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Doctoral Comprehensive Exam in Public Administration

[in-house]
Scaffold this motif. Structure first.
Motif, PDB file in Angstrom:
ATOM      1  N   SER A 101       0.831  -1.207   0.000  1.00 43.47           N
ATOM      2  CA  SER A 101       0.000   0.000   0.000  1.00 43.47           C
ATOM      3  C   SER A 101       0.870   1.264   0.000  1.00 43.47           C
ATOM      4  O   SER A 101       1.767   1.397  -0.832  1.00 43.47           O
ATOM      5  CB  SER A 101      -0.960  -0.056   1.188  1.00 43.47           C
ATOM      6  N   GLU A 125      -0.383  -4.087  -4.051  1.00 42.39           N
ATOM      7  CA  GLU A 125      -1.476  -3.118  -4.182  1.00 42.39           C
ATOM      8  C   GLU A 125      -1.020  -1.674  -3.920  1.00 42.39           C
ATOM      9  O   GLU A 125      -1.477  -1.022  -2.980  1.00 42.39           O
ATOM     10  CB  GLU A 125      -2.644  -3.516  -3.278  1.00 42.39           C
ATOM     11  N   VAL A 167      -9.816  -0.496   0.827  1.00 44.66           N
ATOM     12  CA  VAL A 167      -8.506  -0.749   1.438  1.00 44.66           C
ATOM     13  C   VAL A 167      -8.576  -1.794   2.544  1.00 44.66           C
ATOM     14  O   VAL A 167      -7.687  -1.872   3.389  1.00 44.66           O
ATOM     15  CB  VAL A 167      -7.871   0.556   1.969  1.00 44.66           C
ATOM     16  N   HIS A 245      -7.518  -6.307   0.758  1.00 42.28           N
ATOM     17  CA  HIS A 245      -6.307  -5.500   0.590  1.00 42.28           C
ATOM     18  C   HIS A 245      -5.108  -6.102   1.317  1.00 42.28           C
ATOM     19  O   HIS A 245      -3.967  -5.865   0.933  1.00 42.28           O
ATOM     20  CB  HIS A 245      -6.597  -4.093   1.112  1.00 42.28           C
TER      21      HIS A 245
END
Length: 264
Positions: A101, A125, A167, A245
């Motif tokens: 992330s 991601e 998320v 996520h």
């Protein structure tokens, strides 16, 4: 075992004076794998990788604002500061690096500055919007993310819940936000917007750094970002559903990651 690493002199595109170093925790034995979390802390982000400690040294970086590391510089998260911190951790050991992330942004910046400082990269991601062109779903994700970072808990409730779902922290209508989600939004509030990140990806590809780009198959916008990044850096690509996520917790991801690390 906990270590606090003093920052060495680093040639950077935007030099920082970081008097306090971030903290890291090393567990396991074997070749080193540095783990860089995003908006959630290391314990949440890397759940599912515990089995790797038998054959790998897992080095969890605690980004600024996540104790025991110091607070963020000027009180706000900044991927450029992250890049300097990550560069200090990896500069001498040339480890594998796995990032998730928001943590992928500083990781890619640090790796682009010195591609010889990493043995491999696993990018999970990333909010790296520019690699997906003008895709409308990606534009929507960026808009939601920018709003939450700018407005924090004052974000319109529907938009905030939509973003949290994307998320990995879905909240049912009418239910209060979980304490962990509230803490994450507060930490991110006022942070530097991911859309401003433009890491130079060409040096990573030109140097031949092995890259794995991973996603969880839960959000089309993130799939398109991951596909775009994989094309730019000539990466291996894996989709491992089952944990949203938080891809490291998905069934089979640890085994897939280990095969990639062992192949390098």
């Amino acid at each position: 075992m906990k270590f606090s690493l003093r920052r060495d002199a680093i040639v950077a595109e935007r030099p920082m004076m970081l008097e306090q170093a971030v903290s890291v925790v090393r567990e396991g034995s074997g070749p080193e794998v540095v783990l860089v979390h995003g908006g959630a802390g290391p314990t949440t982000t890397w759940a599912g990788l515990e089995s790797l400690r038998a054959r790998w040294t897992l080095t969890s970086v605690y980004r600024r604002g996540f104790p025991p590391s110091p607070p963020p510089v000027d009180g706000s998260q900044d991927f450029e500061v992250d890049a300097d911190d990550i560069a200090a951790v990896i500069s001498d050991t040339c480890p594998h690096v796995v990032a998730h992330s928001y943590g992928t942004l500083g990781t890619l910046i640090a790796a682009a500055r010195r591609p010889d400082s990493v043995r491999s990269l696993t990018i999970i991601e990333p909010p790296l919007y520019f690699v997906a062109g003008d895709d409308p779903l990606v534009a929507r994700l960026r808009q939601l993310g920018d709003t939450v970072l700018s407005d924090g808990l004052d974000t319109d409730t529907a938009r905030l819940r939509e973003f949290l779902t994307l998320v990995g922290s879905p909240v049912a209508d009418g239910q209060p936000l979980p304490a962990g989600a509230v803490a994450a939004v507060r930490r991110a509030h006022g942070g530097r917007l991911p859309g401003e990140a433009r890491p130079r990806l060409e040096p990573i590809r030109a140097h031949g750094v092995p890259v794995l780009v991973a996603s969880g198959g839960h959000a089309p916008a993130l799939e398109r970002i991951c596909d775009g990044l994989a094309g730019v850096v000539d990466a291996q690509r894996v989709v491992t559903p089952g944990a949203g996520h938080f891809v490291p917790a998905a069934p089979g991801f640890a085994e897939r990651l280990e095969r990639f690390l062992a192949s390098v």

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Doctoral Comprehensive Exam in Public Administration School of Public Affairs American University Fall 2009 Answer three of the following questions in 4.5 hours. Try to avoid duplication if possible. 1. A forthcoming special issue of Public Administration Review will focus on predictions regarding the intellectual content of public administration as a field (or discipline) of academic study in the year 2020. What aspects of public administration and its socio-economic political and other environments would you consider in developing such predictions? Based on these considerations, what would you predict? 2. Some scholars have noted that the study of American bureaucracy is riven with schisms that are holding back cumulative theory building. These are reflected in three ways. First, a lack of cross-referencing of relevant research on American bureaucracy exists across cognate (i.e., related) fields of study in public administration, public management, political science, and public policy. Second, and more substantively, is a tendency to decouple the study of politics, bureaucracy, and public policy. Third, researchers fragment the study of the policy process into stages, when stages of the policy process cannot really be separated. Fourth, researchers tend to treat the inner workings of agency behavior as a 'black box' operationalized by measures that sometimes hit the mark and other times are purely data driven. Finally, researchers increasingly take ahistorical, decontextualized, and insufficiently diachronic (i.e., longitudinal) approaches in much contemporary research. Taking any public administration, public management, or policy research area or topic of your choice, discuss whether or not—and why—you agree with any one of these general criticisms and whether theory building is being held back or actually advanced by it. While focusing on any one criticism, don't hesitate to refer to other relevant critiques in making your argument. 3. Public administrative theory, values, and practice are sometimes said to be a product of the ideology of a nation's dominant political leadership or coalition. The U.S. is a reasonably good place to test such a proposition because it has historically had several distinctive archetypal models of public administration. Taking one or more of these historical models (including present "reinvention" or "post-reinvention," if you are so inclined"), test the proposition. Regardless of your conclusion, briefly explain some of the wider implications of the proposition for public administrative theory. 4. The abstract of an essay on "U.S. Public Administration's Legal Dimensions" identifies three models, "The Madisonian model for the constitutional separation of powers; the 1946 legislative-centered model for administrative law; and the post-1950s judicial response model for infusing constitutional rights into public administrative practice." The essay concludes that "all three models will persist into the foreseeable future, but questions whether public administration's legal dimensions will be fully integrated into theory, research, scholarship, and pedagogy." Briefly outline the main elements of each model and then explain whether you agree with the essay's conclusion and why.5. In 1926, Leonard White famously wrote that "The study of [public] administration should start from the base of management rather than the foundation of law, and is therefore more absorbed in the affairs of the American Management Association than in the decisions of the courts." This statement contains an implicit dichotomy (or at least sharp distinction) between management and law. What are the major differences between managerial and legal approaches in U.S. public administration? Do you believe that management theory still should be more central than court decisions to the study of U.S. public administration? Explain. 6. Are the current New Public Management-style reforms fundamentally different from prior reforms in American public administration? If so, why? If not, why not? What are the implications of your answer for accountability to the constitution, citizens, and for administration in a democratic system? 7. Discuss the relative merits of procedure/process versus results in the American public administrative system. Are the arguments for result-oriented management fundamentally at odds with values-based approaches? Or are they reconcilable, and if so, how can they be best reconciled? What are the scholarly assessments of the strengths and weaknesses of each approach? What are the criteria on which they base those assessments? 8. Performance measurement initiatives have been advanced as a vehicle for improved accountability. Yet is not at all clear whether they have achieved that goal. Discuss these efforts and analyze both the constraints and opportunities that have resulted from

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